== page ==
Posted by: Casey Lybrand | June 20, 2010

To the Only College Professor I Could Not Stand

I’ve been thinking about people who have influenced me as a writer, partially because of this post at Nathan Bransford’s blog. I’m not sure I’ve come to any clear conclusions, but I have, as it turns out, been writing poetry about it.

Yesterday was my ode to Miss B. Today is a poem about my least favorite college professor, who came awfully close to turning me off to poetry entirely.

(Please note: This poem about an *anonymous* professor reflects only my opinion. If I have stated anything in declarative terms, it is for poetic purposes and nothing more.

Also, I love cats. Love. Which is why I was so surprised by my reaction to one of the poems to which I allude. That poem, as well as those which I quote, can be found in this volume.

And yes, this poem is an homage, though not to the professor. Also please, please note: the “you” in every instance refers to my college professor.)




To the Only College Professor I Could Not Stand

I.

You did not want me
in your class:
I was too young and – though you could not say it –
too female.

You did not tolerate opinions
except from a few upperclassmen.
Your class was too early.
You were far too fond of Yeats.

About your position on the rape of Leda:

I have since learned about feminism;
I now have words I could say to replace
the impolitic ones I’d have said at the time
if I had been braver.




You were a Southern gentleman.




II.

You were the one who introduced me to the poems of Seamus Heaney.

Before, I had not understood why I should care about poetry.
(You hadn’t been helping.)

From Heaney I learned the words sluice, creel, and conclave.
I felt things I had not expected to feel about
dead cats, dead adulteresses, dead croppies. I cried,
though not in class, and not about the cats.

From you I learned cadence, diction, and rhythm,
and how to read poems aloud, following punctuation
and not line breaks.
I wanted to learn when the topic was Heaney.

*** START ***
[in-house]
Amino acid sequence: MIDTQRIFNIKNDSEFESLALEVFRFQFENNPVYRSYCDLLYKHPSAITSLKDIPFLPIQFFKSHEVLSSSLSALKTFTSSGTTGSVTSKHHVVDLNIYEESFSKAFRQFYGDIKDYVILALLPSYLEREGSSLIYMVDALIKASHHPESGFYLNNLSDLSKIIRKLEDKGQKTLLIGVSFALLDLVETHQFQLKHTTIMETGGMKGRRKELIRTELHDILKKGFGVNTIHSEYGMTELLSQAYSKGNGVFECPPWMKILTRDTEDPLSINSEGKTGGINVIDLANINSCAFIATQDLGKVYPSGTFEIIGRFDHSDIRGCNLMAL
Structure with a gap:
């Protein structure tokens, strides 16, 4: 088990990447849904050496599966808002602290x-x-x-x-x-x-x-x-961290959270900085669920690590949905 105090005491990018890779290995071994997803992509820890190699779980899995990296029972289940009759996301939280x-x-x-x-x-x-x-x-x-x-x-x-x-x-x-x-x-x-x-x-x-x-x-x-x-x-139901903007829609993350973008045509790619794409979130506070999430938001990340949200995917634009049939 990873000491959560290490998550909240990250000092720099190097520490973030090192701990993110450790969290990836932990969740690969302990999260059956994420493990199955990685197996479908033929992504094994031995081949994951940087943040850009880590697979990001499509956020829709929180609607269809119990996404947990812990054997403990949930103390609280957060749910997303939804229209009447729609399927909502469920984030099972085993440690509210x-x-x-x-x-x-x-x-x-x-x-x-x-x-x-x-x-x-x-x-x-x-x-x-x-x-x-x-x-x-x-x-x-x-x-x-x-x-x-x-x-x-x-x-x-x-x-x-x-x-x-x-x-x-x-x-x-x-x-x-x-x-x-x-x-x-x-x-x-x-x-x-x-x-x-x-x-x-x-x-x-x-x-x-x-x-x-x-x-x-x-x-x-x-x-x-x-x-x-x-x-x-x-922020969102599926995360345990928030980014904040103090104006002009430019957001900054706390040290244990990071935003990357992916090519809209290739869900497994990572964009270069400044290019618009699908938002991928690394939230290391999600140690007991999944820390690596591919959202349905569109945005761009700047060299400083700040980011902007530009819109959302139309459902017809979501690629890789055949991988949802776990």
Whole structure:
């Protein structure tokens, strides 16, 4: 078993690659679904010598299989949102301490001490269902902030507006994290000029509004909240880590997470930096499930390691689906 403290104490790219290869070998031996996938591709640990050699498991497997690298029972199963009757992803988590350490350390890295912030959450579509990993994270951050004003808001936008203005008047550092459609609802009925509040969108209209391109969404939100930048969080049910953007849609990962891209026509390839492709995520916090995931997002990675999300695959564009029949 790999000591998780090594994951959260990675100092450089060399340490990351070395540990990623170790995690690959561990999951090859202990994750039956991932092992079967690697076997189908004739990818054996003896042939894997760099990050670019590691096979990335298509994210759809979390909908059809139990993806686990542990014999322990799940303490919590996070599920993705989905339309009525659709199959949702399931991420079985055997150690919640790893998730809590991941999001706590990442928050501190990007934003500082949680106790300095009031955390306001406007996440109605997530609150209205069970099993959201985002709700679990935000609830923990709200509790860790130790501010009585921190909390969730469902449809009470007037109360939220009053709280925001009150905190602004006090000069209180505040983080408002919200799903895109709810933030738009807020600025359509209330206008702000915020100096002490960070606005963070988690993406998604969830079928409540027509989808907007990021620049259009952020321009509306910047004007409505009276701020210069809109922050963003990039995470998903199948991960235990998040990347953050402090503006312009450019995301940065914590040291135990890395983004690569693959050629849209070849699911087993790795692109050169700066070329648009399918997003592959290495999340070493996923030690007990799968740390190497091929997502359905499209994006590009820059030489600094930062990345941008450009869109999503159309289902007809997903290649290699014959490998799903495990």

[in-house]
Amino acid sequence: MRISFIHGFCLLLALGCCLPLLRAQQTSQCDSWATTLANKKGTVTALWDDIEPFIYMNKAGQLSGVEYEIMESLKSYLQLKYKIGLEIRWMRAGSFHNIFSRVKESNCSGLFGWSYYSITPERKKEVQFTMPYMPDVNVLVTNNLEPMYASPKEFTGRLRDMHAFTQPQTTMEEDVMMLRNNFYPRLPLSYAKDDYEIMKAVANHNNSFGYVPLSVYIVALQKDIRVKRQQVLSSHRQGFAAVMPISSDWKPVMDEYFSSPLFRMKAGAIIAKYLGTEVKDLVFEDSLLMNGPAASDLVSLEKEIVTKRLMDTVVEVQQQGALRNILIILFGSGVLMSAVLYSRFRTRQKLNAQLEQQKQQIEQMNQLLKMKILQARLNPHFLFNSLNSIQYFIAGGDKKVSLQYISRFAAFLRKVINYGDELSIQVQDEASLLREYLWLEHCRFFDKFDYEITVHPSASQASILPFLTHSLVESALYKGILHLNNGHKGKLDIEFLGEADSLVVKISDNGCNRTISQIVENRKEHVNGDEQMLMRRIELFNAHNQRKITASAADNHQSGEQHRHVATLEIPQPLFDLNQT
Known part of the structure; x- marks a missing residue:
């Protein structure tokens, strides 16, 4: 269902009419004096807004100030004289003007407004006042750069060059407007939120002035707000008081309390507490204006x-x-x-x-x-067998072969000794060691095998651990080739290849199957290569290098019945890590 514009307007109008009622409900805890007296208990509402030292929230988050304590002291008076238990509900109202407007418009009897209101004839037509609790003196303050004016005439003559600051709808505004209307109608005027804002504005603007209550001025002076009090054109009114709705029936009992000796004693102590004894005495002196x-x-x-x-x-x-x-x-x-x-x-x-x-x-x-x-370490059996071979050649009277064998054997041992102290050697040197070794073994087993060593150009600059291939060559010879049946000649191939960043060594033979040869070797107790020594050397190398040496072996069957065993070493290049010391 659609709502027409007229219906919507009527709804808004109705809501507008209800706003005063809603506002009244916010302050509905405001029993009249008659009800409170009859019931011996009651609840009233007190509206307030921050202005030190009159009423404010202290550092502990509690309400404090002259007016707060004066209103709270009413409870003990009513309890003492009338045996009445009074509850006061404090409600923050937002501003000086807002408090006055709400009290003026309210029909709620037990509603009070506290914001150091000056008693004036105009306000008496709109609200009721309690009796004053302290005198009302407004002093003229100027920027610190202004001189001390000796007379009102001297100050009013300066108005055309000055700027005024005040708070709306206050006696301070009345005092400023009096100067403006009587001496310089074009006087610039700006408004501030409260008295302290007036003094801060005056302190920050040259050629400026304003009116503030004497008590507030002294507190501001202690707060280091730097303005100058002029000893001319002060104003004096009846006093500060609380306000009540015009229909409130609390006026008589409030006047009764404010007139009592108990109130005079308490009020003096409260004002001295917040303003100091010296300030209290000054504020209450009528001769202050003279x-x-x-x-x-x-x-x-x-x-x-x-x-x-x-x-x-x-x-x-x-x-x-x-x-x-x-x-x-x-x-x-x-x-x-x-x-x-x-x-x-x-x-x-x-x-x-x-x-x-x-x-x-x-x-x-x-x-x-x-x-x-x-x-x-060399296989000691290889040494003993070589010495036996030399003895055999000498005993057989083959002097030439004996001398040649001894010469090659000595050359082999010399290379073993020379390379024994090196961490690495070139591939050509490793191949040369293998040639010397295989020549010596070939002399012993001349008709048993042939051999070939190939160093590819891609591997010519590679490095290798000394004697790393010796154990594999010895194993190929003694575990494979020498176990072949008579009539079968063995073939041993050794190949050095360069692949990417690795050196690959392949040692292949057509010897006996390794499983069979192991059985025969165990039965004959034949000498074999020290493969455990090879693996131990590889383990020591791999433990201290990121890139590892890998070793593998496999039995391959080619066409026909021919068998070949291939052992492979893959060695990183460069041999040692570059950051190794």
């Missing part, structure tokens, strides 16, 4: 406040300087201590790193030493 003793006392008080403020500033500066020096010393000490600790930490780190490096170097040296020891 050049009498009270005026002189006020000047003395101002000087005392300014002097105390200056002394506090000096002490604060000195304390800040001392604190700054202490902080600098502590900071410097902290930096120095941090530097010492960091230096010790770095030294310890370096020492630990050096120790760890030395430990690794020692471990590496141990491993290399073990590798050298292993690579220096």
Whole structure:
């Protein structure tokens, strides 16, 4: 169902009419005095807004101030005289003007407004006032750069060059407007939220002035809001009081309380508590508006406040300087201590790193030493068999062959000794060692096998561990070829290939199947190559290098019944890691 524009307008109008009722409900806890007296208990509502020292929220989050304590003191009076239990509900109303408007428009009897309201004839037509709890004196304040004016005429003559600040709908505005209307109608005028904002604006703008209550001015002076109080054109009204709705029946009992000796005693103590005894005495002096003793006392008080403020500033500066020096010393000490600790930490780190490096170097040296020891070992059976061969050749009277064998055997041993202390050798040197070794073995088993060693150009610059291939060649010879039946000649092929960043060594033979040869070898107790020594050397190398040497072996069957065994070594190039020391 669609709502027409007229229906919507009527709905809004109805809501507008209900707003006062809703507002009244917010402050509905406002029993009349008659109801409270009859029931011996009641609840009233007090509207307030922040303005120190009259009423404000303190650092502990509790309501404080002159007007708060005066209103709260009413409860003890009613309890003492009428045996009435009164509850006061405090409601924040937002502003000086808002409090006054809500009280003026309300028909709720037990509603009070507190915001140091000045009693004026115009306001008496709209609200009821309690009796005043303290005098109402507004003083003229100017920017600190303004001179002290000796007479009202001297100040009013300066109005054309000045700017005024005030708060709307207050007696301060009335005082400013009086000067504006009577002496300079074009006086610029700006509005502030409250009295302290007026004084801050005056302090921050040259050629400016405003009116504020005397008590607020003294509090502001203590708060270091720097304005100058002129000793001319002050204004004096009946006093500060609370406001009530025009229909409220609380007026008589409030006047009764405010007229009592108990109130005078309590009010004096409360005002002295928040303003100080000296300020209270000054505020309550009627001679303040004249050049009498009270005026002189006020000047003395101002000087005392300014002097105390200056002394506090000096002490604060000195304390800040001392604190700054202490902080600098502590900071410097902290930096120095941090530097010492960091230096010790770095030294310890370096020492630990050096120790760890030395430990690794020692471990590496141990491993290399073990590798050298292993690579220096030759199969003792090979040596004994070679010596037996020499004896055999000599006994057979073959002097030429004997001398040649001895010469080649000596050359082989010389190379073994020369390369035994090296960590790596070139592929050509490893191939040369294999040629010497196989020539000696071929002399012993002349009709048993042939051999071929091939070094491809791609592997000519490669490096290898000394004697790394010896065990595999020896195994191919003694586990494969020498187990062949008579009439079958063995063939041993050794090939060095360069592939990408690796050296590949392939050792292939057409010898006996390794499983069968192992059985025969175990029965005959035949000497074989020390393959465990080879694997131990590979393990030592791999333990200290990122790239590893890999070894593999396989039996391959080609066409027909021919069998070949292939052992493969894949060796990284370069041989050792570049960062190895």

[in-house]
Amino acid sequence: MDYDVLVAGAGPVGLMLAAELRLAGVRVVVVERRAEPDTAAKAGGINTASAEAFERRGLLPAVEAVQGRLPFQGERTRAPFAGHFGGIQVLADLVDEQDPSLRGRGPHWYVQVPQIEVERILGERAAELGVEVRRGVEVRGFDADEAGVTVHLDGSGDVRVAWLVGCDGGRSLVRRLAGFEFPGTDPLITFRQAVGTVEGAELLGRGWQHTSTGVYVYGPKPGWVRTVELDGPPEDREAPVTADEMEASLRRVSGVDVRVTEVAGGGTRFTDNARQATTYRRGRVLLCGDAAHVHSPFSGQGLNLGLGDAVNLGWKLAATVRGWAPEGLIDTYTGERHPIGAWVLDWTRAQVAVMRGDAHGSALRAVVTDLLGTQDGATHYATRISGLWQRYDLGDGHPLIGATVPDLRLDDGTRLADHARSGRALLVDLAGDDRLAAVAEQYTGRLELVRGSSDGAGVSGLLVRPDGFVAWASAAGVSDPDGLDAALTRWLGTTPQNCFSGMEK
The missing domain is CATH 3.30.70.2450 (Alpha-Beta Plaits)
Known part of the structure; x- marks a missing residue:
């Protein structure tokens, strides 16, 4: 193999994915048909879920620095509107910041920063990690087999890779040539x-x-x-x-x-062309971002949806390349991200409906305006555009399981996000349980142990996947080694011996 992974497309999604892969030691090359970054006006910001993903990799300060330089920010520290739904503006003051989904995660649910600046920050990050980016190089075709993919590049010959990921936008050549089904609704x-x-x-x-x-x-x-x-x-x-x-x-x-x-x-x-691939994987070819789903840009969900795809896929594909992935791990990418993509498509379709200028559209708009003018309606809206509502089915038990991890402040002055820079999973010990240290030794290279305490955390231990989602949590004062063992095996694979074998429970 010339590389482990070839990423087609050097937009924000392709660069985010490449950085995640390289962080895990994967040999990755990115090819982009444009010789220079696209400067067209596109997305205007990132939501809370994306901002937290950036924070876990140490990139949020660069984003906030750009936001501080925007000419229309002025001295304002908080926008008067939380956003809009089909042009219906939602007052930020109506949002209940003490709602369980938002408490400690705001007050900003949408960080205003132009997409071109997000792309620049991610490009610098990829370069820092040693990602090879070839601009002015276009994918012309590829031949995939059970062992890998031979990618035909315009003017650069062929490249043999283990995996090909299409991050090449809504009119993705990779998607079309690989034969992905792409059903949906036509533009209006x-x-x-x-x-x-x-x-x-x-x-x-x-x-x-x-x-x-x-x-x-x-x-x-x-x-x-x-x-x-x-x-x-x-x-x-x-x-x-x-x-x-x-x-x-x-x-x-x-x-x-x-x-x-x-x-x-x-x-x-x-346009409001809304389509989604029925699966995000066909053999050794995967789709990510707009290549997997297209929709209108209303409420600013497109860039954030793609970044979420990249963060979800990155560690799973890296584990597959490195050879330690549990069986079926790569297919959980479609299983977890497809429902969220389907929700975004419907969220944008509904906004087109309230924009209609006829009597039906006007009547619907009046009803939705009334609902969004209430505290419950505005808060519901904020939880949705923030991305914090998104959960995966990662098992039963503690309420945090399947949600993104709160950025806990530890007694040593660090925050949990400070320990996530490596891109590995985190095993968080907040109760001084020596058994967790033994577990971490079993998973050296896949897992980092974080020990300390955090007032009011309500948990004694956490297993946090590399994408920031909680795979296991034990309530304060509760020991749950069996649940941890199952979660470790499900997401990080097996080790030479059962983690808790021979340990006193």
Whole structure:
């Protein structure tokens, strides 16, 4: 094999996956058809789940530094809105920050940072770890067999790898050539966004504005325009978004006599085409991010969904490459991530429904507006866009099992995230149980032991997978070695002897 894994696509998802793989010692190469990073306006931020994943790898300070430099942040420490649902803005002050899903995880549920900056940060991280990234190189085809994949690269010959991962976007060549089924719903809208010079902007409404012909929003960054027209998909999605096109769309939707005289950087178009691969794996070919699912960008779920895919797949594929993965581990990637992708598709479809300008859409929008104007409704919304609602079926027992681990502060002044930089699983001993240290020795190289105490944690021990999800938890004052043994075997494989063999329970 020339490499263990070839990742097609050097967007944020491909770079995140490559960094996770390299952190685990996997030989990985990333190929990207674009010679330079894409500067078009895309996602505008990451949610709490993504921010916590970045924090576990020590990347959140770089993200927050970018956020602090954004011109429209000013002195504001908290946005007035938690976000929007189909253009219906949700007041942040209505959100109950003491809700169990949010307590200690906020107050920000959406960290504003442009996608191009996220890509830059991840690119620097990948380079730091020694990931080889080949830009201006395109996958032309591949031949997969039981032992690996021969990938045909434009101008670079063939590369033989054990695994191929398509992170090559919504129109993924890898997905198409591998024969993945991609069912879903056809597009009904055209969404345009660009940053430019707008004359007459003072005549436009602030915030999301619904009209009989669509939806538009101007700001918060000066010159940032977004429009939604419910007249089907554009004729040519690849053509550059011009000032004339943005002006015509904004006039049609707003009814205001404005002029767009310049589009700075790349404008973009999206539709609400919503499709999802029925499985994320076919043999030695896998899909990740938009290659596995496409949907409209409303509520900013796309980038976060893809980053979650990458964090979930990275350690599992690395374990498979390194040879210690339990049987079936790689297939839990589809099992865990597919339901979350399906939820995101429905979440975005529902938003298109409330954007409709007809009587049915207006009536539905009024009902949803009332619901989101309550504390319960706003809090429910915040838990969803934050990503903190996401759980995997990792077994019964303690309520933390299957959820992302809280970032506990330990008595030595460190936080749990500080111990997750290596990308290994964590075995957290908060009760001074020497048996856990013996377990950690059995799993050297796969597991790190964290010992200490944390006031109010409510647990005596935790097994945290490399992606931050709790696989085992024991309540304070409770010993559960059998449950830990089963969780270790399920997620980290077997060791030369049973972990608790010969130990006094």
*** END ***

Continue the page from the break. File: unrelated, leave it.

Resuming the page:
From the other students I learned why we should titter
through the “Rite of Spring”.




I was astonished.
(Not by that. Also by that.)




III.

The words of Seamus Heaney have stayed with me.
I am haunted by the phrase “terraced thousands”
and the “trove of the turfcutters’ honeycombed workings”
is never far from my mind.

When I went to his poems
I stood a long time.




And so I should say,
you genteel misogynist and rape-apologist,
thank you,
at least for that.




You are still wrong about Leda.


Responses

  1. I like the way you work through this poem..slowly building your case for disliking the professor and why….quite an interesting poem to read…thanks!

  2. Thank you, slpmartin. I’m glad you found it interesting. That’s a very nice compliment!

  3. Wow- you sure did turn something very negative into a powerful, fascinating poem…
    Being a teacher is a huge, overwhelming responsibility, you’re dealing with young people and you can easily shape them; for the better or for the worst. Sadly, I had bad professors more than I had good ones… Who knows, maybe I’ll sit down and write a story about them one day :)

  4. Lua, thank you so much.

    I got along very well with all of my other professors, and I really liked almost every one of them. (The one or two I did not really like, I did not really *dislike*, except for this gentleman.) I was very lucky, and I loved every class, including, as it turned out, this one. (Well, I loved the last few weeks of it, at least.)

    I hope you will write your stories about your bad professors. I’m sure it would be very interesting to read, and most likely illuminating to write.


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